You are about to gain intimate knowledge of every nook and cranny of your new home. As you do so, don’t overlook the elements that extend beyond those four (or more) walls. Construction wreaks havoc on soil. To give your green spaces precisely what they need, you’ll need to get your soil tested. Given the demands of moving, this probably sounds like a pain right now. Trust us. You will avoid immeasurable suffering in the months and years ahead by taking a few soil samples and getting them tested up front. The results will help you to translate your outdoor-living vision into real, tangible aspects of your new home.
If your builder installed plantings, take a Marie Kondo approach. If it doesn’t spark joy, get rid of it. Any plantings you keep should match your style and your lifestyle. That means looking beyond aesthetics and finding out what those specific plant species require. A tree that looks perfectly fine could turn out to be high-maintenance or even fruit-bearing. It can be difficult to remove anything when you’re expecting a few years of sparse landscaping. Take the opportunity to try some short-term options by planting them in containers instead of in the ground. Once your trees and shrubs have had a few years to mature, you can decide whether to continue container gardening. To protect the soil and ward off weeds, leverage mulch and weed-suppressing ground cover in the short term.
Don’t back-burner the hardscapes!
Porches, patios, pools, and decks are far more fixed and require more extensive planning than softscapes. For this reason, even if you won’t be getting started on your hardscaping until a future date, it pays to nail down a detailed plan for hardscaping when you first move in. Now is the time to set the stage for your future fire pit, outdoor kitchen, or sleeping porch. Your property will never have such easily accessible potential as it does now, so capture your vision for its future right away. Doing so will help you make decisions confidently at every stage of your landscape’s execution.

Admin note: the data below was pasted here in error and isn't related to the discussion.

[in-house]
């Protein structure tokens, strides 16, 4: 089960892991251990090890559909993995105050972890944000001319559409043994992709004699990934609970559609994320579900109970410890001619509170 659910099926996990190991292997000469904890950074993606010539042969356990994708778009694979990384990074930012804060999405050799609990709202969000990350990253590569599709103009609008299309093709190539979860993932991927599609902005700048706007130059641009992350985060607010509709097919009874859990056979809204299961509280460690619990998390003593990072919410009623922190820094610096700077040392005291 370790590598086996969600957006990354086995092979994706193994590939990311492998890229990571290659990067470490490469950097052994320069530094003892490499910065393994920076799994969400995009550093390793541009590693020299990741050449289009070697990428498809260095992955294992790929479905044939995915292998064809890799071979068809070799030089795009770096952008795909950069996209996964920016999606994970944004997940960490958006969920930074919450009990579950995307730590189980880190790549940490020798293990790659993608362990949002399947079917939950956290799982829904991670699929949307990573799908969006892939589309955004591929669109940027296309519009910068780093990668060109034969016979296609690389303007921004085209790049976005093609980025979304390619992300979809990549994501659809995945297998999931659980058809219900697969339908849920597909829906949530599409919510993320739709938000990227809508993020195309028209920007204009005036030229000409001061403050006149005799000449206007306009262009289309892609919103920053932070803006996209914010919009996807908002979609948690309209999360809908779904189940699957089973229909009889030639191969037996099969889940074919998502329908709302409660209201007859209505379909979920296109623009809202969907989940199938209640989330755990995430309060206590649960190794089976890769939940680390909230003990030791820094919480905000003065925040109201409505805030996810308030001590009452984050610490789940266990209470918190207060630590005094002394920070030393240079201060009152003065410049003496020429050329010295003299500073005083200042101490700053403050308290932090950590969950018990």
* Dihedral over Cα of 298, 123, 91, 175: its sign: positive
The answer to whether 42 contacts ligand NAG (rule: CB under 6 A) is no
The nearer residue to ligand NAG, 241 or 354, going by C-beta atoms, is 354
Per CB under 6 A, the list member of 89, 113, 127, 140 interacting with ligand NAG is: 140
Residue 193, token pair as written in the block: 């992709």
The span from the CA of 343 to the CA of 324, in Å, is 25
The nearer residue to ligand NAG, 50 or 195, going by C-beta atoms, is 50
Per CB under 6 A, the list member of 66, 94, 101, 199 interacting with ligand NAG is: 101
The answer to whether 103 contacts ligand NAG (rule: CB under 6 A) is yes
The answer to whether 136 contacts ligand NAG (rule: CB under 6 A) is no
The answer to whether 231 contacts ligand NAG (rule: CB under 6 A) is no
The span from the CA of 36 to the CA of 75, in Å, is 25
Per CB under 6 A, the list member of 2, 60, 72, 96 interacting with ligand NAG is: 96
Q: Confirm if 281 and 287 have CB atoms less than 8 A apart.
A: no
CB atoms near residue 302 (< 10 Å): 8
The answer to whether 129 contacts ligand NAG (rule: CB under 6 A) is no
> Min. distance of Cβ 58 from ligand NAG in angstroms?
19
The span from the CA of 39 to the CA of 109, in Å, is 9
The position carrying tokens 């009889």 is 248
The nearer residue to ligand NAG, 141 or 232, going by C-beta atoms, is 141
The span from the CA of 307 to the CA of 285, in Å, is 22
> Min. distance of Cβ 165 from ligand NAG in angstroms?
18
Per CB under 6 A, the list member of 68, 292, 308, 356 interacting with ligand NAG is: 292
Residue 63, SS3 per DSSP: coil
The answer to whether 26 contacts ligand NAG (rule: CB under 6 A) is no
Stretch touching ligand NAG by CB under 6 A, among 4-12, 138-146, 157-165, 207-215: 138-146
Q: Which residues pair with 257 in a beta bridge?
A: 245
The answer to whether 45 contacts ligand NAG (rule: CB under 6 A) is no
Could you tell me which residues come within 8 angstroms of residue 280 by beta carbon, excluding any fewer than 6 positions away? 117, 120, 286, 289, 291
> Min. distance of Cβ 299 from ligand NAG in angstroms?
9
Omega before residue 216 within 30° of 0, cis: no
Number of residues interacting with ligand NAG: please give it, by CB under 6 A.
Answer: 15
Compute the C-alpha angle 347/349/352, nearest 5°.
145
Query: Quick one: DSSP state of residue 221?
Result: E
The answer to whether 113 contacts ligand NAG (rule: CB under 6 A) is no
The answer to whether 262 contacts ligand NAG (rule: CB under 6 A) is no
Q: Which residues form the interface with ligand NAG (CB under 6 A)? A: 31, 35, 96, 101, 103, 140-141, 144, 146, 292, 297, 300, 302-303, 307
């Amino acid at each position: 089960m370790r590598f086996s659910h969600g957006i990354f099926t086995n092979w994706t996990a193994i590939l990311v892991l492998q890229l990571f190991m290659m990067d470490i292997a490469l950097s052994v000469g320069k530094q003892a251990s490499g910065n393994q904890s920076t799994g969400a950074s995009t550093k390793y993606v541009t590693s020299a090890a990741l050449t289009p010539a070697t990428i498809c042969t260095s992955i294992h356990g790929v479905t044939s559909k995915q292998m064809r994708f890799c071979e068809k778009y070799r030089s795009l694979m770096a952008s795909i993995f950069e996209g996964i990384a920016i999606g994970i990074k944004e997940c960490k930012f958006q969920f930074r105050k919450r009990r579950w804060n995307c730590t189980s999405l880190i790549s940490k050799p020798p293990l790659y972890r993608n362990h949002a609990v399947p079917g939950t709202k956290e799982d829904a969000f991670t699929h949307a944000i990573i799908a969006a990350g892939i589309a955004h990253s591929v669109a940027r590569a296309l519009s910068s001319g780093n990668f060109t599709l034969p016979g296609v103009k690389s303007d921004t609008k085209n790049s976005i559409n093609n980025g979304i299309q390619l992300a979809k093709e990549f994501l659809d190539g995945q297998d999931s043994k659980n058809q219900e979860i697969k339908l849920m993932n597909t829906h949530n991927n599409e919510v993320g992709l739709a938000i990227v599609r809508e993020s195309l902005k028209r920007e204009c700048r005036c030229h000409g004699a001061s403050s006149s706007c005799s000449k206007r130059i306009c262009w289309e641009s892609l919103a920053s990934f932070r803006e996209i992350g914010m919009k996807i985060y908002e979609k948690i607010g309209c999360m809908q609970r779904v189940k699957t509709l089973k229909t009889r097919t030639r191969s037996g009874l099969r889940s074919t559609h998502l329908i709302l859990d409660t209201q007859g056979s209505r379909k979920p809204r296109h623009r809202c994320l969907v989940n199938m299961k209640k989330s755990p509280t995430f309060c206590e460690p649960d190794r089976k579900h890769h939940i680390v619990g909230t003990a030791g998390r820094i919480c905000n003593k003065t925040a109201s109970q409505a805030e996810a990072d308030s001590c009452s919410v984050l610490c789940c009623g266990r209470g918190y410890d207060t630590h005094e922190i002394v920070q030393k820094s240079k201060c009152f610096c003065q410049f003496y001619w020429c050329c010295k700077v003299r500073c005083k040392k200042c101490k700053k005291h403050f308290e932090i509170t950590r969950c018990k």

Get ready to work.
Regardless of the specific choices you make, you have some work ahead of you as the owner of a new-construction home. Building up a new lawn, young trees, and fresh garden beds tends to be more labor-intensive than maintaining an established landscape. In the first few years, aeration, over-seeding, fertilizing, and weed prevention can be crucial to growing a gorgeous lawn. If you can anticipate this work and plan for it, you’ll be more likely to enjoy (and less likely to resent) the process.
An Evolving Exterior
After building a dream home or purchasing a new build, homeowners do not typically have a ton of extra budget lying around. Not to worry. Even if your home has left you short on funds, you can still have a gorgeous landscape and the outdoor living spaces of your dreams. The exterior of your home has the flexibility to change, evolve, and mature over time. Planning is the key. By talking with a landscape designer before undertaking your first landscaping project, you can plot out a strategy of phases to be completed – and financed – over the next several years.